“I used to believe that I had to get everything right the first time. I believed that for a very long time; I used to say ‘failure is not an option,’” McEwen said. She quickly learned that if you are going to be innovative in your position, you must not fear failure. And when it comes, “we must not wallow or feel sorry for ourselves,” but move on and learn the lessons of failure.
Realizing that small victories count too helps McEwen to not be so focused on the macro success that she misses opportunities to make a difference on a micro level. “It’s not always the huge thing that you need to do, but every time there is something you need to do, you need to do it well,” she said, adding that she embraces a strategy of planting a flag on every tiny hill she encounters along the way.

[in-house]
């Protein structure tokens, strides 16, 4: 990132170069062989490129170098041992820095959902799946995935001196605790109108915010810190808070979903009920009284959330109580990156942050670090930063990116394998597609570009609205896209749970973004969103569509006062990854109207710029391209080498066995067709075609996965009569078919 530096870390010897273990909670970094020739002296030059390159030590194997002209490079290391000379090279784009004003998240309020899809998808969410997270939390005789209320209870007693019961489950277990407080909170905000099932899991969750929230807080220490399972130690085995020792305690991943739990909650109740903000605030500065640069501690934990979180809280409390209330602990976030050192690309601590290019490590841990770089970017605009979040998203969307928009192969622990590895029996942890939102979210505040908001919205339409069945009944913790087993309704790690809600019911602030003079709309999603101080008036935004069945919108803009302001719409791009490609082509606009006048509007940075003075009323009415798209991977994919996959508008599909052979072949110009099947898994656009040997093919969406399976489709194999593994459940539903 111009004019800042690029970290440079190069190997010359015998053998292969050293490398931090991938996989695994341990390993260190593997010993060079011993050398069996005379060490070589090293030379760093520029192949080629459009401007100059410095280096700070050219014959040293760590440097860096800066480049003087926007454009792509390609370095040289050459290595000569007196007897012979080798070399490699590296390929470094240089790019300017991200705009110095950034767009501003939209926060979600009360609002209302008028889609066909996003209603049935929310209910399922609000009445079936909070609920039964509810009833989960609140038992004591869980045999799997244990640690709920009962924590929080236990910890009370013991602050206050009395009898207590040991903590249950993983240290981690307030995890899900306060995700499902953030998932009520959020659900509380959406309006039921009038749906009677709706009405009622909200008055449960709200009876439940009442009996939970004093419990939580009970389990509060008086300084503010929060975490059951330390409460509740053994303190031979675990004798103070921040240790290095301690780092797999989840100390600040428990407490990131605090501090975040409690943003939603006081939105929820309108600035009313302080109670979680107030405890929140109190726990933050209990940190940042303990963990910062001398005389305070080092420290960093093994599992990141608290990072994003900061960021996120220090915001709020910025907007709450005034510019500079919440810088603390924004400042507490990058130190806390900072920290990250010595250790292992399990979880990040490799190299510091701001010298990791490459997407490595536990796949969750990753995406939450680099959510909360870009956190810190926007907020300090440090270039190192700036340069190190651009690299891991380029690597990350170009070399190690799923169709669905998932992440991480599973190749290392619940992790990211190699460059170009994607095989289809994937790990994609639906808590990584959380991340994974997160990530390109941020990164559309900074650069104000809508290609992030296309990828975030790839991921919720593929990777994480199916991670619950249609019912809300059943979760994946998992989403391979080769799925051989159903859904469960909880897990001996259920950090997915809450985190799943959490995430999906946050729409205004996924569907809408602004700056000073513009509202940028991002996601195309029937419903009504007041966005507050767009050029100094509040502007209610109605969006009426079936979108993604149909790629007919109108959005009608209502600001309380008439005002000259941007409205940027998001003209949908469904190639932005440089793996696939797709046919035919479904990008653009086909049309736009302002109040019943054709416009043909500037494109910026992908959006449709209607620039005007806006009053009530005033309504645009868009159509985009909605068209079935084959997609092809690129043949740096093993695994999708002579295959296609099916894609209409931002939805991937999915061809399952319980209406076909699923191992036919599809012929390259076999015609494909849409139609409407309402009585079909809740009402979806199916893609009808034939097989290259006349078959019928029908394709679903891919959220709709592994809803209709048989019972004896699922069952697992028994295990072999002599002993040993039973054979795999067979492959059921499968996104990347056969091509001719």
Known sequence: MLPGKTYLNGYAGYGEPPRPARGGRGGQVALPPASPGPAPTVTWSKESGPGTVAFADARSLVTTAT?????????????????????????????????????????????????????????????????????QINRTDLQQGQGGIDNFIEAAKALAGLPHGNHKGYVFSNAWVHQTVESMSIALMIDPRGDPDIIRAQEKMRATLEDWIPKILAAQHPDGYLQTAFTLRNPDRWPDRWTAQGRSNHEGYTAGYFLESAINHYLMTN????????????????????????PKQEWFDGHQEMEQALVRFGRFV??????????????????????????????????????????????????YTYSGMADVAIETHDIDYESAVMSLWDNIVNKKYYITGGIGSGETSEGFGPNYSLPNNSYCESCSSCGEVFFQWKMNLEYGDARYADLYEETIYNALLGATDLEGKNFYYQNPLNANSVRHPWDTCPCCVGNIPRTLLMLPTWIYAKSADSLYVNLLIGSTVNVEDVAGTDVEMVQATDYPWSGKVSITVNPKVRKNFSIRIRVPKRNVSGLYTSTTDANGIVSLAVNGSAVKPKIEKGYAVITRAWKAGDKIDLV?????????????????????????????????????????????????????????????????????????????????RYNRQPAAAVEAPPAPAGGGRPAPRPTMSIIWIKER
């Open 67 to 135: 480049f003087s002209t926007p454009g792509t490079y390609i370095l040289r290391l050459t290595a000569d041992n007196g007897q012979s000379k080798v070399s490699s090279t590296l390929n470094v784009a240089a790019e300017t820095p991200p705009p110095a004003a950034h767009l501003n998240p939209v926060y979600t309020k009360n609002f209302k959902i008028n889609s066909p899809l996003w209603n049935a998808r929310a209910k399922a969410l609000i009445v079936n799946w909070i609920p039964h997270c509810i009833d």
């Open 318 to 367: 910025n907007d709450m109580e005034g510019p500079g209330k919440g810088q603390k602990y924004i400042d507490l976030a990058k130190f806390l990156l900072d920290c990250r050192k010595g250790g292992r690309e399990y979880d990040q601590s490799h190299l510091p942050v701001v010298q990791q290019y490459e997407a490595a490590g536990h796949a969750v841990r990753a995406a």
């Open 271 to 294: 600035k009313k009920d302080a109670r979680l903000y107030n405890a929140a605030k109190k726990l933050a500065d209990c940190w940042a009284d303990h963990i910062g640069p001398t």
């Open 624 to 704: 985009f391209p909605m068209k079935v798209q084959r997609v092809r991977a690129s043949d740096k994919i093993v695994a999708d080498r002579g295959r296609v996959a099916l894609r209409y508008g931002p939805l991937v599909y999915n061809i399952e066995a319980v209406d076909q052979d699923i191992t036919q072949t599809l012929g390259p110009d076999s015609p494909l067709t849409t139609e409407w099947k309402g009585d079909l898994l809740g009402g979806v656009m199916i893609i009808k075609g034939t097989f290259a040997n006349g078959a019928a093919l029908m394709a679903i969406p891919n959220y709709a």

“You do the best job you can, the best work you can with the job you have — I’m never looking ahead to the next job [title],” she said, emphasizing a need to stay focused and grounded in the current position and allow advancement opportunities to open up on their own. “I can only do one job at a time.”
McEwen’s broad advice came during a residency for the inaugural cohort of the Center for Advancing STEM Leadership — a collaboration between Fielding Graduate University, the Association of American Colleges and Universities, North Carolina A&T State University and the University of the Virgin Islands designed to increase representation in competitive fields with direct ties to the workforce. But many of the takeaways of the weekend weren’t focused solely on STEM — they were focused on cultivating leadership skills that are more broadly applicable to leaders on college campuses across the country.